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Game Design Essentials: 20 Mysterious Games

January 14, 2008 Article Start Previous Page 21 of 21

20. ADOM

Still mysterious after many years.

Developed and designed by: Thomas Biskup

Reason for inclusion:

In addition to its roguelike roots and capable copying of many of the best features of NetHack, in addition to introducing a number of similar features of its own, and the whole "ultra victory" system that's in place, there exists an item in Thomas Biskup's popular roguelike that, to this day, no one other than Biskup understands the purpose of, the "weird tome." How has it remained a mystery for so long? Well...

The game:

Ah, it's another roguelike. And probably the one that's taken the most inspiration, of them all, from NetHack. But hear me out on this one, because it's not here for containing random treasure and an identification game.

While NetHack is the product of dozens of people, hundreds if you count patch contributors, ADOM is mostly the work of one guy. And yet, it shows an amazing degree of ingenuity. Considering it's the work of a single designer, it's genius. It's right around the time people discover that the herbs on the dungeon floor grow according to the rules of Conway's Life that they get the notion that Thomas Biskup must be some kind of god-being. If one forgives some style issues (reading much of the NPCs dialogue makes me cringe), it makes for an extremely mysterious game.

There are very few computer games that still have the power to mystify us, and for the most part developers have given up the fight. When many of us started playing video games, we were still in school. Remember what it was like to hear about Super Mario Bros. warp zones for the first time? These days, I'm sorry to say, publishers have realized they can get themselves a tidy extra income by purposely dispelling any aura of mystery that might surround their games. Nintendo themselves took the lead in selling the secrets of NES games from the publication of the Official Nintendo Player's Guide, and now game strategy guides are expected to be sold alongside nearly any major game.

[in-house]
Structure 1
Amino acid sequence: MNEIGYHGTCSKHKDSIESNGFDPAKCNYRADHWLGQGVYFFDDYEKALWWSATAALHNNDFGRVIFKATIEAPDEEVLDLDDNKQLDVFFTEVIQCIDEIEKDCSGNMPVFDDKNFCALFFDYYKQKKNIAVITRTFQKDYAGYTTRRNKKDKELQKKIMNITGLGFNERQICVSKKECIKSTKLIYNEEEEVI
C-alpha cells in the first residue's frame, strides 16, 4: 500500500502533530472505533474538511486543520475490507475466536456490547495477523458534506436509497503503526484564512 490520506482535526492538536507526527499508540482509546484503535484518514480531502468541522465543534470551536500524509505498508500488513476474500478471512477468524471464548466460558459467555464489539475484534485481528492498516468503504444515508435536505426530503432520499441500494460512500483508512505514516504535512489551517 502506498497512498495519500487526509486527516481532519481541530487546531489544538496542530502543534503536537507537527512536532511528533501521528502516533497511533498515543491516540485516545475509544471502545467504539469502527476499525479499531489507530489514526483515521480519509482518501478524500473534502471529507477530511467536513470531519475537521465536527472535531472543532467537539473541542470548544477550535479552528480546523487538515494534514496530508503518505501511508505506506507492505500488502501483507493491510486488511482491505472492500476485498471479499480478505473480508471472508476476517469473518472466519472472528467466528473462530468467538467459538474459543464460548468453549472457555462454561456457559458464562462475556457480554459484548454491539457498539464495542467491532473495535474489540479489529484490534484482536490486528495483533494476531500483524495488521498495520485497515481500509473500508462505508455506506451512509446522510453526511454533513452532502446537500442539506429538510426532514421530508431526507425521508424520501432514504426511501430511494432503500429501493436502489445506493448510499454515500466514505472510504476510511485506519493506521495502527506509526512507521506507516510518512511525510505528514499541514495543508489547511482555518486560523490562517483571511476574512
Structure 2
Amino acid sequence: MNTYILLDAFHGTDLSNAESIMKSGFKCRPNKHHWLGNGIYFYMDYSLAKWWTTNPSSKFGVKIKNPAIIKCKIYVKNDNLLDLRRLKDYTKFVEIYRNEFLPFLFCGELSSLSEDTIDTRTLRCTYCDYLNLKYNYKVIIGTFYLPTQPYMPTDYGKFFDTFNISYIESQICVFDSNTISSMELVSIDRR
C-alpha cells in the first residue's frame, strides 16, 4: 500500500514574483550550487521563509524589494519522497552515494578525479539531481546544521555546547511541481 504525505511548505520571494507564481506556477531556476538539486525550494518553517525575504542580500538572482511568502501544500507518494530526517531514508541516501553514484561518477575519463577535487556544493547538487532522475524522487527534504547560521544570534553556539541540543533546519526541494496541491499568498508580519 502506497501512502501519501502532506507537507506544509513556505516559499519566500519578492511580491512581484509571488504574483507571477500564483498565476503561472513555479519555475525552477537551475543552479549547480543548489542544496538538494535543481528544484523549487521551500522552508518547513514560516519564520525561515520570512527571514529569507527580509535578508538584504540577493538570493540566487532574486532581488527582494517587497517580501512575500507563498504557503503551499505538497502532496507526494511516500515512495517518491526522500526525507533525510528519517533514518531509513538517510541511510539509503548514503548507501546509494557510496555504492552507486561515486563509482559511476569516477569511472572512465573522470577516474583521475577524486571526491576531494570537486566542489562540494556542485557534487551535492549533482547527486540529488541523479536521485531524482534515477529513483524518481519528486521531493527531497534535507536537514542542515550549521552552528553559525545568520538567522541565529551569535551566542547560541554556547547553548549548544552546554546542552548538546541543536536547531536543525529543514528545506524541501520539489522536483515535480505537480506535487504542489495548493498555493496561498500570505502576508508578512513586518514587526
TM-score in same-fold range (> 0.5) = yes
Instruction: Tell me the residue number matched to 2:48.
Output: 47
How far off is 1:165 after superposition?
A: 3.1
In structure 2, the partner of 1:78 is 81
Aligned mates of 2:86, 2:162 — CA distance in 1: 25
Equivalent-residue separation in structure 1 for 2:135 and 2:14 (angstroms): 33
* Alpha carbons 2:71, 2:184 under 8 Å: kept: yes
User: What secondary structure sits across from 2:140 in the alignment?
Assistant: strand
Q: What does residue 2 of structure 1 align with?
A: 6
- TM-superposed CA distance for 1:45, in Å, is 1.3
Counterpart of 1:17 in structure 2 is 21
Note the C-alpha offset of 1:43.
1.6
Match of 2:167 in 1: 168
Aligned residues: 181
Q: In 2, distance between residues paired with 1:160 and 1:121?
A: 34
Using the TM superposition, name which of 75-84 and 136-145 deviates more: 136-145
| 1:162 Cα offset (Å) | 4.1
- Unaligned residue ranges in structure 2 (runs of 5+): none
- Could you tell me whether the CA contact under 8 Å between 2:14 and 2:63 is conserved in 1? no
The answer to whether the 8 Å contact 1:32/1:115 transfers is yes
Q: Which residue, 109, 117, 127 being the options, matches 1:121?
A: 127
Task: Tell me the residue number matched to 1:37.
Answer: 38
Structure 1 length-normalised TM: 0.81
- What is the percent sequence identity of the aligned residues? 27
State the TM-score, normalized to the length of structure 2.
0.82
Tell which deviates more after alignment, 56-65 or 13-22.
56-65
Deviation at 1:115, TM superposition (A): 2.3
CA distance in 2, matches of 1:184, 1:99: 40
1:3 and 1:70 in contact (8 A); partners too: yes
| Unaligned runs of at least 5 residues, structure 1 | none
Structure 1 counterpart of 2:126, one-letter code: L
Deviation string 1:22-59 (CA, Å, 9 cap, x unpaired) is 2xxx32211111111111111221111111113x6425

With ADOM there is no official cheatbook, and unlike NetHack there's no available source code to search, so despite intense study by a legion of players and the work of extraordinarily dedicated FAQ authors, there remain some things about the game that are mysterious. Not that a lot of progress hasn't been made in decoding the game's deeper mysteries: for a long time the details of the "ultra" endings, special victory possibilities that let the player ascend to godhood instead of just saving the world, were just rumor. People looking at the executable discovered that Thomas Biskup has even included unused, red herring strings in the code to throw people off the track.

One of the remaining mysteries concerns an item called the "weird tome." The stated purpose of the book is simply a package in a fetch quest -- deliver it to another character in exchange for valuable items -- but the player is able to read it. Apparently consisting of pages of magical music, attempting to read it without extremely high (far in excess of normal) stats and perfect scores in the relevant skills will just confuse the player for a long period of time. Although general consensus is currently that the book's contents is just a huge red herring, a couple of other characters in the game say interesting things if the book is given to them.

Design lesson:

To keep a game secret hidden in the face of overwhelming player interest is profoundly difficult. With consoles, developers have the advantage of relatively secure hardware, but on computers it's much more challenging without resorting to unusual trickery. A game's popularity works against it here; the more fascinated people are by the mysteries in a game, the harder they'll work to figure it out.


ADOM's remaining mysteries are summarized in a section of the community-written Guidebook.

Google Groups threads in which members of the ADOM player community discuss efforts to discover the purpose of the tome:

Disassembling the source code (2004)

Recent hacking of save files & building characters with maximum stats

Some older executable investigation from 2003

Article Start Previous Page 21 of 21

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